Wednesday, July 29, 2009

In the Woods (copy)

Two different types of readers can tell librarians a thing-or-two about mystery and romance. These readers know their authors, titles, series, and the order in which the books are to be read. I never squabble with a mystery or romance reader. It equates to betting with my brother. He smiles; I lose.

As a librarian, it is hard to read mystery and romance without letting other genres suffer. Even within the two, one will need to choose sides. I am familiar with both but I prefer mysteries.

I began with romance, as so many young readers, in my tweens. My mother handed me Danielle Steel but after eight books I began to wonder, “Where’s the sex?” Next, the librarian suggested Corrie ten Boom’s The Hiding Place and my romance reading languished.

To keep mystery readers happy, I like to keep a couple of Edgar winners in mind. The Edgar is a mystery award named after Edgar Allan Poe. It is decided by Mystery Writers of America and not the American Library Association. This year’s president is Lee Child.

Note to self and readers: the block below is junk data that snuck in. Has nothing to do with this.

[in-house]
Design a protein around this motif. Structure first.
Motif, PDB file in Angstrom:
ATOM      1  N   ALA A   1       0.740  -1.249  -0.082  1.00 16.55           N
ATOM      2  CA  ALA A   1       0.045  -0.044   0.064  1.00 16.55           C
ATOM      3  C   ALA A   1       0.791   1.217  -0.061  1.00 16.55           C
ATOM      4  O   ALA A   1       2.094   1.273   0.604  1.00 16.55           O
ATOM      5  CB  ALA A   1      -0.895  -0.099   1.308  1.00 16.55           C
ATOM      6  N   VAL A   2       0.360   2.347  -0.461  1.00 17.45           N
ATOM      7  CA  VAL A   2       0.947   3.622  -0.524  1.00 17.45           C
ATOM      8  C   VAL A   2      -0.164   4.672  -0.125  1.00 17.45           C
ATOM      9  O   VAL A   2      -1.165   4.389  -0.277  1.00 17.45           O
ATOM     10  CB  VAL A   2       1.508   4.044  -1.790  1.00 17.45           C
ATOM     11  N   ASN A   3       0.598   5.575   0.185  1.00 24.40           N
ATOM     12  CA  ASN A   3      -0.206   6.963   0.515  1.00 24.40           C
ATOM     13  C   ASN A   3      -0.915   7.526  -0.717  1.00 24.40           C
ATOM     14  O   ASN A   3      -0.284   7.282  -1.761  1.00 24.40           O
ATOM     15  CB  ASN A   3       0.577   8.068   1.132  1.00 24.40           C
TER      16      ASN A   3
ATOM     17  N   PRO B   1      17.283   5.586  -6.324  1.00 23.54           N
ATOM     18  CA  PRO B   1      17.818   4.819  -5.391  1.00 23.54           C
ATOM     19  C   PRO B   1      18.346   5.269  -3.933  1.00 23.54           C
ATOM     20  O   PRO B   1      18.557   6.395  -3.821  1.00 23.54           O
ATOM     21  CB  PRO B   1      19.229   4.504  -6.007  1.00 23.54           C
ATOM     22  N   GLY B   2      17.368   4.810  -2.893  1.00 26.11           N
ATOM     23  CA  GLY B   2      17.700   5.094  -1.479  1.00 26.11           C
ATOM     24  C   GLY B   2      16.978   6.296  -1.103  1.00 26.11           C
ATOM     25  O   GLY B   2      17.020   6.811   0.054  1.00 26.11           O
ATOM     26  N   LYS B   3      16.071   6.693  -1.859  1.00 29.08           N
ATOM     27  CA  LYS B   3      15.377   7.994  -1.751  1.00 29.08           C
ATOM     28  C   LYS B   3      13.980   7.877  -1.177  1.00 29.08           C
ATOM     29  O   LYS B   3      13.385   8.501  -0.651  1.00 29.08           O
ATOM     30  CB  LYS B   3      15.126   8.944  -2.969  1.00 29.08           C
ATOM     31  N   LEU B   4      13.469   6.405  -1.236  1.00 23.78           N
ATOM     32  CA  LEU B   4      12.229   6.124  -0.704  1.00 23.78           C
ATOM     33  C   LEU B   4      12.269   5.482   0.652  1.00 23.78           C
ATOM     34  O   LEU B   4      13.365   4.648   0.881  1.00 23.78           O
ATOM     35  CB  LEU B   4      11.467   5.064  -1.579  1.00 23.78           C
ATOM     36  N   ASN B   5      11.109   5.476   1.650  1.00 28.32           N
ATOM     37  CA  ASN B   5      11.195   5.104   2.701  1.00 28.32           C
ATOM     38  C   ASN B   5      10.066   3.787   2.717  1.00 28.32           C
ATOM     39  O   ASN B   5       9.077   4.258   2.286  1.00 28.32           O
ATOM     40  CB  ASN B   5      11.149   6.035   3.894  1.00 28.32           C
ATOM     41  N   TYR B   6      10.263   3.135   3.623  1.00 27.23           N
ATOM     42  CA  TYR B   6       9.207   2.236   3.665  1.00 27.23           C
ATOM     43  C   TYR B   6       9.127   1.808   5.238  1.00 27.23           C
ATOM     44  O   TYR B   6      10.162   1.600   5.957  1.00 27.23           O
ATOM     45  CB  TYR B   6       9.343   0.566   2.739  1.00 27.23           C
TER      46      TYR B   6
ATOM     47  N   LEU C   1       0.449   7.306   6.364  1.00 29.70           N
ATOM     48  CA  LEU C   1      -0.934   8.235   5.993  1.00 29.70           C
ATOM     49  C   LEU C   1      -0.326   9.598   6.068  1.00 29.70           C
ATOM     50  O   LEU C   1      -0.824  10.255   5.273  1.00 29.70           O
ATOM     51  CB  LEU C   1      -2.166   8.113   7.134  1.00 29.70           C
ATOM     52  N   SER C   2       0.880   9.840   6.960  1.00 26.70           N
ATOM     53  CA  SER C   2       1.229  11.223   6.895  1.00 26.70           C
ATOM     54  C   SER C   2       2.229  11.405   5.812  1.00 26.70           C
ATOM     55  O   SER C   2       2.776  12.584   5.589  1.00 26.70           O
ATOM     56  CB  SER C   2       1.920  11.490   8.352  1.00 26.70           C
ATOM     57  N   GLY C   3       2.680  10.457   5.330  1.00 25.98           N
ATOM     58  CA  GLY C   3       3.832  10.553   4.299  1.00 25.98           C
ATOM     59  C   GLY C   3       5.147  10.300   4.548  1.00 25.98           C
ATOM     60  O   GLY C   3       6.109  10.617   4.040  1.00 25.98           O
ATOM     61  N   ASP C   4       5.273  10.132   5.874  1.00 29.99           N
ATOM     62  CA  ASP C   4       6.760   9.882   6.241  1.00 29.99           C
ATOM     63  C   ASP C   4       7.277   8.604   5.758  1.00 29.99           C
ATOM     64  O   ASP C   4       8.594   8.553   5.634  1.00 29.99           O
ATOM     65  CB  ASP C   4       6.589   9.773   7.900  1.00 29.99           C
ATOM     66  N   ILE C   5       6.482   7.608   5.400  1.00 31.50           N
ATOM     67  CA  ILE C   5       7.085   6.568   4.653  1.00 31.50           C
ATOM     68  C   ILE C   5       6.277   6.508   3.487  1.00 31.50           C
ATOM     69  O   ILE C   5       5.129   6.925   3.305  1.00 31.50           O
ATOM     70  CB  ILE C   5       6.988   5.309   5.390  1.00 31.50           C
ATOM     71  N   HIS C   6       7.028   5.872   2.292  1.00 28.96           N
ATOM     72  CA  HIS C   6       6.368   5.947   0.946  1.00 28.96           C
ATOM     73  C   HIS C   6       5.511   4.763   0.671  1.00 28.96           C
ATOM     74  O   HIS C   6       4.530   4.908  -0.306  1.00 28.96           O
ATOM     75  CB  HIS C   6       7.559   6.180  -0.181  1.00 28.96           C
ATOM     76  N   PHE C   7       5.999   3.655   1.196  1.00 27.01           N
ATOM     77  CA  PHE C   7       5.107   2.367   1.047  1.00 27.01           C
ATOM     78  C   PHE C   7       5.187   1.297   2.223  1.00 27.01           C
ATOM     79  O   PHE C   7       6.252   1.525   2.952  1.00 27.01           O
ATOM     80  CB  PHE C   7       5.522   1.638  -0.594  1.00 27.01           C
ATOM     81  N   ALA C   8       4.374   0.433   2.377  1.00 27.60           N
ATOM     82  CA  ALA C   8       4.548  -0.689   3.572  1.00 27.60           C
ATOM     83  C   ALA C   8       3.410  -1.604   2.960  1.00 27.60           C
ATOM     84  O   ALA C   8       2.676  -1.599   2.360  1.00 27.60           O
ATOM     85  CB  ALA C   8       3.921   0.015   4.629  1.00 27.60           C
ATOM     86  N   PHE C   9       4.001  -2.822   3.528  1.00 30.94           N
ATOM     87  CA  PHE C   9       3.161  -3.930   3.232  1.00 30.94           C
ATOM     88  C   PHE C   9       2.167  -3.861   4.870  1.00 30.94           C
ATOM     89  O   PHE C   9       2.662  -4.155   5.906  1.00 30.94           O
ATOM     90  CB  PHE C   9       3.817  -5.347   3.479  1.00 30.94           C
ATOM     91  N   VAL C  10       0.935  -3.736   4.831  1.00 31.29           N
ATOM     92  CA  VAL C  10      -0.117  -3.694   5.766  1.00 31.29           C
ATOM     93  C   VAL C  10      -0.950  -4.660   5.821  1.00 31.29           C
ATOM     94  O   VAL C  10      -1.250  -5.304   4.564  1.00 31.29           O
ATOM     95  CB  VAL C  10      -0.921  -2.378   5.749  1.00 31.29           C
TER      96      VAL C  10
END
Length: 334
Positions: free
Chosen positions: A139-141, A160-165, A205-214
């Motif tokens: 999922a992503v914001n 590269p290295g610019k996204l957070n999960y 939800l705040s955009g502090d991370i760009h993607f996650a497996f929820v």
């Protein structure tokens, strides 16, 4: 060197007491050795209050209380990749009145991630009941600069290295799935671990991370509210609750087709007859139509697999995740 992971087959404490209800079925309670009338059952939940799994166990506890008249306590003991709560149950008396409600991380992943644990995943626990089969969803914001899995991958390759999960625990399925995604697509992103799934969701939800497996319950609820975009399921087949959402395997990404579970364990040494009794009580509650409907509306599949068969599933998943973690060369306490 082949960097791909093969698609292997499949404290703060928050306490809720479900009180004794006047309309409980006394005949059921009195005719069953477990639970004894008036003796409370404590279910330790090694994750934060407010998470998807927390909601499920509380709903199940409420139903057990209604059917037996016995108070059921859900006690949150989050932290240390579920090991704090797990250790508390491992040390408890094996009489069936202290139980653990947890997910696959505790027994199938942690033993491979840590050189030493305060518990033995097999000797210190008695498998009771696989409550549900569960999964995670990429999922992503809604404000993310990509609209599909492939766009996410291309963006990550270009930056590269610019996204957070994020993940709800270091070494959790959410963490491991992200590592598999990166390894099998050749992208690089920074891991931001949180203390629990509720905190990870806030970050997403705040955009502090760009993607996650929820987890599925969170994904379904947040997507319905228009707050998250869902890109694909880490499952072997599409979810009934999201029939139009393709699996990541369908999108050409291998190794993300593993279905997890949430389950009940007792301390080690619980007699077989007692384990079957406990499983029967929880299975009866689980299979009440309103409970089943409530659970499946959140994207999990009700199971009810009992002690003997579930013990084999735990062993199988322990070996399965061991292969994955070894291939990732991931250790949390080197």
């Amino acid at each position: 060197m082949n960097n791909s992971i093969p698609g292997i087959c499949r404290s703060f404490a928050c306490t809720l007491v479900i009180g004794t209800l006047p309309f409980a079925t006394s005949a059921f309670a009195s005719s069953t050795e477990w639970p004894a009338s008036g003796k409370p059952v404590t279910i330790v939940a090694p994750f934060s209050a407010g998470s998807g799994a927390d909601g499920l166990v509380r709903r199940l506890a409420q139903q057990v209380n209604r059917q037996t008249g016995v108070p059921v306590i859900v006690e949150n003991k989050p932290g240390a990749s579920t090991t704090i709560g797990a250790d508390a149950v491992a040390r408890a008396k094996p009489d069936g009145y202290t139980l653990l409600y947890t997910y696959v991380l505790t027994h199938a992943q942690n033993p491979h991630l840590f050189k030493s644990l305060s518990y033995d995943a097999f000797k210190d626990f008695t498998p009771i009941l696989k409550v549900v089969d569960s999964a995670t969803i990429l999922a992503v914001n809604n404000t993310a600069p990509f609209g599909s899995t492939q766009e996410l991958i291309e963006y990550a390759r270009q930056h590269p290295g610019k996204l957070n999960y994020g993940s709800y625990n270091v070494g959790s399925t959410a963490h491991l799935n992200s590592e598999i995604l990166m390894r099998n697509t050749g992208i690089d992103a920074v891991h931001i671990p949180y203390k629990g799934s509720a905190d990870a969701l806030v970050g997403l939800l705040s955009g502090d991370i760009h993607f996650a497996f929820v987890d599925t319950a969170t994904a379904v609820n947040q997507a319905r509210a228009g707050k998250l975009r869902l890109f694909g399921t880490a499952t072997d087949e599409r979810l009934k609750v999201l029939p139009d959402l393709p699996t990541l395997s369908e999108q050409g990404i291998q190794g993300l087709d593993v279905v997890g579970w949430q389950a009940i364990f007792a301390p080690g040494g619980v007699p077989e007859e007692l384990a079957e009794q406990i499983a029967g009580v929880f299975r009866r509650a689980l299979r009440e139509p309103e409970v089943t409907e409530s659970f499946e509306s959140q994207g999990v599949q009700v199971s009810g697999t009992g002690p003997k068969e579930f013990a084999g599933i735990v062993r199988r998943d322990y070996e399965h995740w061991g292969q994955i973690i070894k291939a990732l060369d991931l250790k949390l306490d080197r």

Here’s a little trade secret for those looking for that next book. (Sorry, romancers, I got nothing for you.) Google Edgar winners or go to http://www.theedgars.com/ and find a wealth of titles from which to read. This is a proven method to keep 98% of mystery readers happy. I use it on my unsuspecting husband all the time. Through the website, I have introduced him to new authors and got him reading new series he would not have heard about otherwise.

This week’s book is one such winner in the Best First Novel by an American Author category for 2008. We travel to Ireland in Tana French’s In the Woods, which fits nicely in the subgenre of body-in-the-bog mystery.

All day the three children played in their Dublin estate neighborhood. They were seen by many neighbors traipsing over rocks, running around corners and hiding under bushes. It was after supper and none appeared to eat, that the parents began to worry. Their last known whereabouts were near the woods entry.

Later that night, one is found gripping a tree with his fingernails stuck in the bark and his shoes a flood with blood. Nancy Pearl says, “French’s plot twists and turns will bamboozle even the most astute reader.”

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